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In context: Cory Booker and the 'nauseating' ads
Louis Jacobson
By Louis Jacobson May 21, 2012

Newark Mayor Cory Booker made headlines for comments he made on the Meet the Press on May 20, 2012, about Obama campaign ads attacking Mitt Romney over his record at Bain Capital. Booker called recent campaign ads "nauseating to me on both sides. It's nauseating to the American public. Enough is enough. Stop attacking private equity, stop attacking Jeremiah Wright."

The notion that Booker, a campaign surrogate for Obama, had undermined one of the Obama campaign’s highest-profile arguments against Romney -- his record at Bain, which included layoffs and bankruptcies -- prompted such media attention that within a few hours, Booker posted a response video on YouTube.

In the video, Booker acknowledges the Obama campaign’s right to question how Romney is portraying his record at Bain. Booker said the line of attack is valid because the Republican candidate "has made his business record a centerpiece of his campaign" and because Booker believes that "Romney in many ways is not being completely honest" about his time at Bain.

However, the transcript below shows that Booker’s backtracking was limited. While Obama’s ads bluntly take Bain to task for its overall approach to acquiring and running business, Booker had explicitly and aggressively defended firms like Bain on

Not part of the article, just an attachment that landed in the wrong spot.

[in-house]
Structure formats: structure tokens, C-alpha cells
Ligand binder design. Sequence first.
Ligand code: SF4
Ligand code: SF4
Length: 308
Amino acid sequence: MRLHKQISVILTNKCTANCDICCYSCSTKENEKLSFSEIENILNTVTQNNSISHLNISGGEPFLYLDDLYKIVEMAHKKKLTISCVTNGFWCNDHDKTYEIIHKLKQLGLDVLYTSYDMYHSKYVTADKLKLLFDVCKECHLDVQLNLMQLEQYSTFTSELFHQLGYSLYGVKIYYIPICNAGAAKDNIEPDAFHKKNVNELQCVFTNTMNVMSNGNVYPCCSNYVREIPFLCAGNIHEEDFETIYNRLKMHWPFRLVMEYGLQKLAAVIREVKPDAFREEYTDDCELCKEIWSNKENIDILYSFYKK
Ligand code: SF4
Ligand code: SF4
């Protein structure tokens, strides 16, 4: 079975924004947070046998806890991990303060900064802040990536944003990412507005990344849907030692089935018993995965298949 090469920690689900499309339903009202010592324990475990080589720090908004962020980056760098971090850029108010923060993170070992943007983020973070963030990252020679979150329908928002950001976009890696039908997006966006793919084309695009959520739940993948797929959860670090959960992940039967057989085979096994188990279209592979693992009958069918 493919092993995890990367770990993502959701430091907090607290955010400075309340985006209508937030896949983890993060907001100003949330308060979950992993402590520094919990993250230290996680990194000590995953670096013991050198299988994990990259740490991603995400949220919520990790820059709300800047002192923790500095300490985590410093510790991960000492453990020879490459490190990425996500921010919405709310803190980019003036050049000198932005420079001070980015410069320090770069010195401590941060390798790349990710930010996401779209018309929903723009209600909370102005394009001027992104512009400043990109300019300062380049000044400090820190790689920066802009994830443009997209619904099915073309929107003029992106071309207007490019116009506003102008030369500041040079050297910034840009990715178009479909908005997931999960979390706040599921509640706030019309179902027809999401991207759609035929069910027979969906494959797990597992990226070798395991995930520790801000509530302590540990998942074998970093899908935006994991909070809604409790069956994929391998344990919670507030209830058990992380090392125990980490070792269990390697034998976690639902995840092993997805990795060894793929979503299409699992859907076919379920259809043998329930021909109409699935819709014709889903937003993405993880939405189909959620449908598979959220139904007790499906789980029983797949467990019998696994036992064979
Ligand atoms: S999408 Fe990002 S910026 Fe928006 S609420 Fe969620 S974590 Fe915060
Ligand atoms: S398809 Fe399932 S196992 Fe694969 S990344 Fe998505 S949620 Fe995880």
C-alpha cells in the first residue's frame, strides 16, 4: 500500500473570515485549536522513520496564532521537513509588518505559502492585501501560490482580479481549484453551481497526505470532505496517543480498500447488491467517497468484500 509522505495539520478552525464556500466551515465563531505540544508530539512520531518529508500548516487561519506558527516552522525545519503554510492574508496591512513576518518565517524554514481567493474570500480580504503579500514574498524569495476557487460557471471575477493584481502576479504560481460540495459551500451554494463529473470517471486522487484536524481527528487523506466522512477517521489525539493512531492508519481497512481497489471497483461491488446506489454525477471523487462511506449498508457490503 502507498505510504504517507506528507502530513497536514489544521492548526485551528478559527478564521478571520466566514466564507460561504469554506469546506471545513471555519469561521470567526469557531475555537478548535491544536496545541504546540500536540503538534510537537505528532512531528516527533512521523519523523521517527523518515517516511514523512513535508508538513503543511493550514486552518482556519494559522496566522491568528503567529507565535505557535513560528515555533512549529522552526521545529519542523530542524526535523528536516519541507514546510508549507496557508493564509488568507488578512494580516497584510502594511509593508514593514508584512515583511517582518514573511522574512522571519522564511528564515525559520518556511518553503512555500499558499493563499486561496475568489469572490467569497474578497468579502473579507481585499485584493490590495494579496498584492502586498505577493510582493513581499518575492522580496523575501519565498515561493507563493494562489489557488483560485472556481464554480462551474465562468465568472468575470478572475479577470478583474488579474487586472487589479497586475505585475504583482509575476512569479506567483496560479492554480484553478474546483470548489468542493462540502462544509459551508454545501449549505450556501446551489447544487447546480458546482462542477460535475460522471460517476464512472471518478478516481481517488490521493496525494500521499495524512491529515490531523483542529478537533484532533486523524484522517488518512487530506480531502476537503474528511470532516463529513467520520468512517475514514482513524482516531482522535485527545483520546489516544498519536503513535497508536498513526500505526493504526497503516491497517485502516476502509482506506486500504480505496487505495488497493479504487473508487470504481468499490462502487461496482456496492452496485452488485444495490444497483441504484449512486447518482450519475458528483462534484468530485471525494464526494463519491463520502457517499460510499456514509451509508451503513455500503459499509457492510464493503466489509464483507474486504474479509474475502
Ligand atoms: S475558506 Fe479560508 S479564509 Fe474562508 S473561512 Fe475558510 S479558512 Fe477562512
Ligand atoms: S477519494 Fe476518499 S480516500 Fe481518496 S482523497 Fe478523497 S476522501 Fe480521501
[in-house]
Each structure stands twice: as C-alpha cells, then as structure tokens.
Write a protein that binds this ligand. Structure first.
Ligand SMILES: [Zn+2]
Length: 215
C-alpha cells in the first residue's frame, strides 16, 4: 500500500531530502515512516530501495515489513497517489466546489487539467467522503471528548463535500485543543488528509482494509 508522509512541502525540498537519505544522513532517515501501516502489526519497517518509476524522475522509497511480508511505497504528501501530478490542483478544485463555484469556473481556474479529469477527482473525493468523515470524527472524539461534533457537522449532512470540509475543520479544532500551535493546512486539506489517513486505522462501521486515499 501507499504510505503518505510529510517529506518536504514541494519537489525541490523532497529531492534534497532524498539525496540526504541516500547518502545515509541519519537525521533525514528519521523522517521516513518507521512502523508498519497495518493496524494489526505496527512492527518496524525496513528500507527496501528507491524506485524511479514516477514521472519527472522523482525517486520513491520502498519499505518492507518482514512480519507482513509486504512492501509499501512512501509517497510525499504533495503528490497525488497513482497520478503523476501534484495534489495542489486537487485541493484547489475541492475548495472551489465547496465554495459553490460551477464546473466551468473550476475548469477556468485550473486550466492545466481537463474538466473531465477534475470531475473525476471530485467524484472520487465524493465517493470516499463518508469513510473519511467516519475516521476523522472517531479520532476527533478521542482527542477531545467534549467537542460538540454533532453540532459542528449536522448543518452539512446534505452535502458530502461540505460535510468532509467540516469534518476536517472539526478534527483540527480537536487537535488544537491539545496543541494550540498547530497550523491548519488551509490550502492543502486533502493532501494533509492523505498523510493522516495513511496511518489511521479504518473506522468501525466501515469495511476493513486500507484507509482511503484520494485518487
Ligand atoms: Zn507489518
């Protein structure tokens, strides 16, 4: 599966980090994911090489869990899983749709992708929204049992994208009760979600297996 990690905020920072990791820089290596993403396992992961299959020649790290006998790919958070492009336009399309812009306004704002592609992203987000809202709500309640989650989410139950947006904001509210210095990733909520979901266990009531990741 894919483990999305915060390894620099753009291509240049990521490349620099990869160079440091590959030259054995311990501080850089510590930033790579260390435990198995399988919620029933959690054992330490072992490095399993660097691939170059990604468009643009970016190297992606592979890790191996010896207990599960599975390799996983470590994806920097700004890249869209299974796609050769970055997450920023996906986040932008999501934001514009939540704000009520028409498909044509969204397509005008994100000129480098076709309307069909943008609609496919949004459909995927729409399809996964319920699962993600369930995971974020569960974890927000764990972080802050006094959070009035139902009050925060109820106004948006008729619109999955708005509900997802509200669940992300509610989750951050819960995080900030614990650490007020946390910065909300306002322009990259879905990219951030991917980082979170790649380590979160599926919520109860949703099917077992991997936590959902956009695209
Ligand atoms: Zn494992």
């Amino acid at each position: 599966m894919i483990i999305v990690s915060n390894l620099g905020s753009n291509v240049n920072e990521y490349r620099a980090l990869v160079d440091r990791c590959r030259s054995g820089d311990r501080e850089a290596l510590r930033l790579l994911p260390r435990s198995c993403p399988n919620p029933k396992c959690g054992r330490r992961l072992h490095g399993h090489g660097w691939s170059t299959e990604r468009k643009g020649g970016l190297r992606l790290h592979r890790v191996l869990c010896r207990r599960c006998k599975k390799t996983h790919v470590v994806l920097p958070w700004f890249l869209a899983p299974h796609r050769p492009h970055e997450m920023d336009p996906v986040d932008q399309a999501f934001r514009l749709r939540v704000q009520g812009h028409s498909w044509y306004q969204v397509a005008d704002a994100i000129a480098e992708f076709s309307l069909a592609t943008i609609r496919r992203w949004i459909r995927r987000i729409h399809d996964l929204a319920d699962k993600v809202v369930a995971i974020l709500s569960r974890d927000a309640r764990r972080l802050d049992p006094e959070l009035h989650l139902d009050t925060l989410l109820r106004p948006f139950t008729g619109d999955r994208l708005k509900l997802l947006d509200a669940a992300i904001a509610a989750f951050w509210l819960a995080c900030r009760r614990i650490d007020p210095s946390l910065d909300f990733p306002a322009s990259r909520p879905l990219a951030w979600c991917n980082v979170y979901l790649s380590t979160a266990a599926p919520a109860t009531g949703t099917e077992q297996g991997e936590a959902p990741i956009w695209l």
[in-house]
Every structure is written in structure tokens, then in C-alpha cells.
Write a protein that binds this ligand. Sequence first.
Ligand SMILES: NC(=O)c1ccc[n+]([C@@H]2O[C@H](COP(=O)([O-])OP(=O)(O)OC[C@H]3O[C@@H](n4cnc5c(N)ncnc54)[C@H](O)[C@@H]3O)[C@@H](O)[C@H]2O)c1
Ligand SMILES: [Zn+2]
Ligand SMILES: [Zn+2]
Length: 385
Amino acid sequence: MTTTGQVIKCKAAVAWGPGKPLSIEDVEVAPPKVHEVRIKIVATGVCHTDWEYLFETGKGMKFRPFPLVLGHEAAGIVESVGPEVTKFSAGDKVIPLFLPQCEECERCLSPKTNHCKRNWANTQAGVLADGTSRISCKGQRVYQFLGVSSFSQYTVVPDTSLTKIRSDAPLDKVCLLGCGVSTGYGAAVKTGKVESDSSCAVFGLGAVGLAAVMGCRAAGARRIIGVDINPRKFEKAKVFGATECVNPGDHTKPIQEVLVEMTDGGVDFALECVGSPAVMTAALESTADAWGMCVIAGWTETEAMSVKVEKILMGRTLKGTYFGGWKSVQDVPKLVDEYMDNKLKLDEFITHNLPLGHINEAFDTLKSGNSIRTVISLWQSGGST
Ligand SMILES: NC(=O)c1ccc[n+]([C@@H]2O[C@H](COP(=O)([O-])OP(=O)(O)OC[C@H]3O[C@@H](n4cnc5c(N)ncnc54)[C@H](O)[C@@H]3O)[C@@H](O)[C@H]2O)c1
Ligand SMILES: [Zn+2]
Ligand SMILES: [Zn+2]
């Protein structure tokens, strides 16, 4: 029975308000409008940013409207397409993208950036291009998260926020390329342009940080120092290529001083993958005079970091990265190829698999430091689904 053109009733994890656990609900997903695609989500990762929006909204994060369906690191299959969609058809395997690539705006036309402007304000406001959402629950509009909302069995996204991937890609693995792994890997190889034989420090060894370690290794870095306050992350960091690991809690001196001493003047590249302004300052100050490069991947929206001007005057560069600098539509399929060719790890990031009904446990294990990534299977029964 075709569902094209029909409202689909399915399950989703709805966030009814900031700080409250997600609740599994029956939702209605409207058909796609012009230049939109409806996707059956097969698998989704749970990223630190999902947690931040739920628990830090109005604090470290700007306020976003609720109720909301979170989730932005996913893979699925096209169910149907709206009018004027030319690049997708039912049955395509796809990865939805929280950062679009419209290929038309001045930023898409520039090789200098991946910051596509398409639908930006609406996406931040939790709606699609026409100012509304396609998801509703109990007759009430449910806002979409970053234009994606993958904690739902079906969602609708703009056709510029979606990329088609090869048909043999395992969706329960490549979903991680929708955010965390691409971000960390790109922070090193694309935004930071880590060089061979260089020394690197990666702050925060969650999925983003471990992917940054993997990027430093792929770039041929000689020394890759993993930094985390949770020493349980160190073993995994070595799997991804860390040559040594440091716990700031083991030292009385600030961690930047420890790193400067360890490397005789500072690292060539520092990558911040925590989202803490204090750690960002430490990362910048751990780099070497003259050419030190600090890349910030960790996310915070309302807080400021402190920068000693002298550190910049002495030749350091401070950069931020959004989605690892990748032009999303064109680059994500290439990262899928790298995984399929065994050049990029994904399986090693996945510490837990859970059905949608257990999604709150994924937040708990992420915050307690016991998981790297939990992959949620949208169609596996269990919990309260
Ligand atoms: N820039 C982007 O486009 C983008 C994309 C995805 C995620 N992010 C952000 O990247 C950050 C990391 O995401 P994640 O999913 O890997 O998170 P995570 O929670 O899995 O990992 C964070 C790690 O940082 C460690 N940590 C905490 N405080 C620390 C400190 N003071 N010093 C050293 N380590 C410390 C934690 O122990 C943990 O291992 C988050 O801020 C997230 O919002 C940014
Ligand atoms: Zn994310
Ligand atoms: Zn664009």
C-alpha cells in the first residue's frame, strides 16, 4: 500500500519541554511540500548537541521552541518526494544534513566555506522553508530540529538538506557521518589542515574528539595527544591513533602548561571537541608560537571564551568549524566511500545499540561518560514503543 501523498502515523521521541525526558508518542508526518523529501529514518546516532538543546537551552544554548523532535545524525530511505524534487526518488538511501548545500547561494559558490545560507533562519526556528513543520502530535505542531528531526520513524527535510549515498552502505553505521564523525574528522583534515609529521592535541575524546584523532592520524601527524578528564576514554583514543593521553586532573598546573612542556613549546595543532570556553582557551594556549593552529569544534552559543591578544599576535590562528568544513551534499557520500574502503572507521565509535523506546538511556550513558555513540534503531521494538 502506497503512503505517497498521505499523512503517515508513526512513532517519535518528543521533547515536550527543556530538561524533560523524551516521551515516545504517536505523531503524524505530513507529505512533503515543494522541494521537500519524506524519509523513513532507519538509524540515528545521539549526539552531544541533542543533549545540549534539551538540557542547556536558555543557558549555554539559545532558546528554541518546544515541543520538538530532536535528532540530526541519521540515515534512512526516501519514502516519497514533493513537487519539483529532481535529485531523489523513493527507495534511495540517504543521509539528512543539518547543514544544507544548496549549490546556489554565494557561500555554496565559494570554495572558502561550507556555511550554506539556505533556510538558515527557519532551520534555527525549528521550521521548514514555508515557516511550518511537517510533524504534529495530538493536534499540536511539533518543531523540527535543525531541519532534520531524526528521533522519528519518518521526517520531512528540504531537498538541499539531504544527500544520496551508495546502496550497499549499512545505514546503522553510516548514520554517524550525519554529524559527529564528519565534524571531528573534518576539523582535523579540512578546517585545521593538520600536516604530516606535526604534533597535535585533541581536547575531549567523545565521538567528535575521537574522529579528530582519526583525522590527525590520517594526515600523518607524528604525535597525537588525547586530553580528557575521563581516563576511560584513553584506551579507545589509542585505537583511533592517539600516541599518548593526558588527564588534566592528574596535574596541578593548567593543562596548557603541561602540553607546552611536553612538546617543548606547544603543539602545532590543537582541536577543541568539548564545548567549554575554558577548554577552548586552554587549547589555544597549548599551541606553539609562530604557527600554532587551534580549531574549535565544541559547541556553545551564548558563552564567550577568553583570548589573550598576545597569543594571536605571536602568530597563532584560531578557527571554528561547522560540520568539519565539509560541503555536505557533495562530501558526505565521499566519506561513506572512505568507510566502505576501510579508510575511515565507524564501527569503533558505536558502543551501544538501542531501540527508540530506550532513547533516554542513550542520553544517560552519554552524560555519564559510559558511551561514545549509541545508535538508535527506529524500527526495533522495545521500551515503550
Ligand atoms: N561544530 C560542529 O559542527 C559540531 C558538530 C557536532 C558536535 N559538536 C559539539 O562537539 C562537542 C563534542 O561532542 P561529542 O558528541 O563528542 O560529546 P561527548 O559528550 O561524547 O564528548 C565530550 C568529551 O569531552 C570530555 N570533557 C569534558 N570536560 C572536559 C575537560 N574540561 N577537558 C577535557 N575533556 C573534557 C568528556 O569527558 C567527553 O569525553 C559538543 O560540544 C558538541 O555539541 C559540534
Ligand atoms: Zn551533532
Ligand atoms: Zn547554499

Meet the Press, saying "I'm not about to sit here and indict private equity. … I live in a state where pension funds, unions and other people are investing in companies like Bain Capital. If you look at the totality of Bain Capital's record, … they've done a lot to support businesses, to grow businesses, And this, to me, I'm very uncomfortable with."

In the web video, Booker did not back down on -- or even address directly -- his support for private equity on
Meet the Press.

The Meet the Press discussion

Meet the Press host David Gregory: So Gov. Romney says this is character assassination. This is not about economic record, it's about saying he's a bad guy.

Booker: Well, two points I want to make real quick. First of all, I think it's a race for President Obama to remind the American public the kind of things he's been doing and stop letting the other side steal his narrative. He's a guy that's cut taxes on small business, the lowest discretionary spending we've had in decades in the United States. Start telling the truth about the Obama record to let people know that not only is he doing the kind of things, cutting taxes on the majority of Americans, but he's also doing things to stimulate the economy, the economy's getting better. As far as that stuff, I have to just say from a very personal level, I'm not about to sit here and indict private equity. To me, it's just this -- we're getting to a ridiculous point in America, especially that I know. I live in a state where pension funds, unions and other people are investing in companies like Bain Capital. If you look at the totality of Bain Capital's record, it ain't -- they've done a lot to support businesses, to grow businesses, And this, to me, I'm very uncomfortable with. ...